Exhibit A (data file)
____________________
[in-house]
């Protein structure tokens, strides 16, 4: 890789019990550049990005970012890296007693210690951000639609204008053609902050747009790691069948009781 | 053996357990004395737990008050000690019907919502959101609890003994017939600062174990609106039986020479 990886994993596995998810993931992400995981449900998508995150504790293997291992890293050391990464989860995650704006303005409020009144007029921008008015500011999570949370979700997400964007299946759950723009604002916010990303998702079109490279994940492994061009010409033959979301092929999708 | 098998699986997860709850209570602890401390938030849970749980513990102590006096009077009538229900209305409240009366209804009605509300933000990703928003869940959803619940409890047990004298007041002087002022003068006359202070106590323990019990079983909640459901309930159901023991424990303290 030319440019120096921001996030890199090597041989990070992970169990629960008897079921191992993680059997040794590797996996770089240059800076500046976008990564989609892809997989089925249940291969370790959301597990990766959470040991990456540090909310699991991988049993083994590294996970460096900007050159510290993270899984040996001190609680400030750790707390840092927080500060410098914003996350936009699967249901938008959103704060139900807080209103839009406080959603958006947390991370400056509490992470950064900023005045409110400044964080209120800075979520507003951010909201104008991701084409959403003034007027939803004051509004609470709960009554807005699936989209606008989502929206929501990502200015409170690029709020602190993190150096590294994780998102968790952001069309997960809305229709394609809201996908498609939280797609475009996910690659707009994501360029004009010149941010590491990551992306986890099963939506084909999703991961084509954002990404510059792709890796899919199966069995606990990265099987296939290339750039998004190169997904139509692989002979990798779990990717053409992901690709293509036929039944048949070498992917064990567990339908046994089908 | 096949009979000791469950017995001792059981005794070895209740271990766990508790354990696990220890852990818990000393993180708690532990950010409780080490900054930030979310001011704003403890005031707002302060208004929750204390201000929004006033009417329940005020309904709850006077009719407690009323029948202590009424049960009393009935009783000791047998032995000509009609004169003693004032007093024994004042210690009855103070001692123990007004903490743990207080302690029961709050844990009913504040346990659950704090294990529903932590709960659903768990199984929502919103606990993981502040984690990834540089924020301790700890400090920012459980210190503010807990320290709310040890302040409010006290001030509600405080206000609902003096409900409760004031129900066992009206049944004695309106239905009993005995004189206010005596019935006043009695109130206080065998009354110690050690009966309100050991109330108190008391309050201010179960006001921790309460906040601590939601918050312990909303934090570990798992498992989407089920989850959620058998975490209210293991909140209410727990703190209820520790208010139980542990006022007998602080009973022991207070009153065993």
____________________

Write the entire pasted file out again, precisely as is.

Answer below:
[in-house]
């Protein structure tokens, strides 16, 4: 890789019990550049990005970012890296007693210690951000639609204008053609902050747009790691069948009781 | 053996357990004395737990008050000690019907919502959101609890003994017939600062174990609106039986020479 990886994993596995998810993931992400995981449900998508995150504790293997291992890293050391990464989860995650704006303005409020009144007029921008008015500011999570949370979700997400964007299946759950723009604002916010990303998702079109490279994940492994061009010409033959979301092929999708 | 098998699986997860709850209570602890401390938030849970749980513990102590006096009077009538229900209305409240009366209804009605509300933000990703928003869940959803619940409890047990004298007041002087002022003068006359202070106590323990019990079983909640459901309930159901023991424990303290 030319440019120096921001996030890199090597041989990070992970169990629960008897079921191992993680059997040794590797996996770089240059800076500046976008990564989609892809997989089925249940291969370790959301597990990766959470040991990456540090909310699991991988049993083994590294996970460096900007050159510290993270899984040996001190609680400030750790707390840092927080500060410098914003996350936009699967249901938008959103704060139900807080209103839009406080959603958006947390991370400056509490992470950064900023005045409110400044964080209120800075979520507003951010909201104008991701084409959403003034007027939803004051509004609470709960009554807005699936989209606008989502929206929501990502200015409170690029709020602190993190150096590294994780998102968790952001069309997960809305229709394609809201996908498609939280797609475009996910690659707009994501360029004009010149941010590491990551992306986890099963939506084909999703991961084509954002990404510059792709890796899919199966069995606990990265099987296939290339750039998004190169997904139509692989002979990798779990990717053409992901690709293509036929039944048949070498992917064990567990339908046994089908 | 096949009979000791469950017995001792059981005794070895209740271990766990508790354990696990220890852990818990000393993180708690532990950010409780080490900054930030979310001011704003403890005031707002302060208004929750204390201000929004006033009417329940005020309904709850006077009719407690009323029948202590009424049960009393009935009783000791047998032995000509009609004169003693004032007093024994004042210690009855103070001692123990007004903490743990207080302690029961709050844990009913504040346990659950704090294990529903932590709960659903768990199984929502919103606990993981502040984690990834540089924020301790700890400090920012459980210190503010807990320290709310040890302040409010006290001030509600405080206000609902003096409900409760004031129900066992009206049944004695309106239905009993005995004189206010005596019935006043009695109130206080065998009354110690050690009966309100050991109330108190008391309050201010179960006001921790309460906040601590939601918050312990909303934090570990798992498992989407089920989850959620058998975490209210293991909140209410727990703190209820520790208010139980542990006022007998602080009973022991207070009153065993």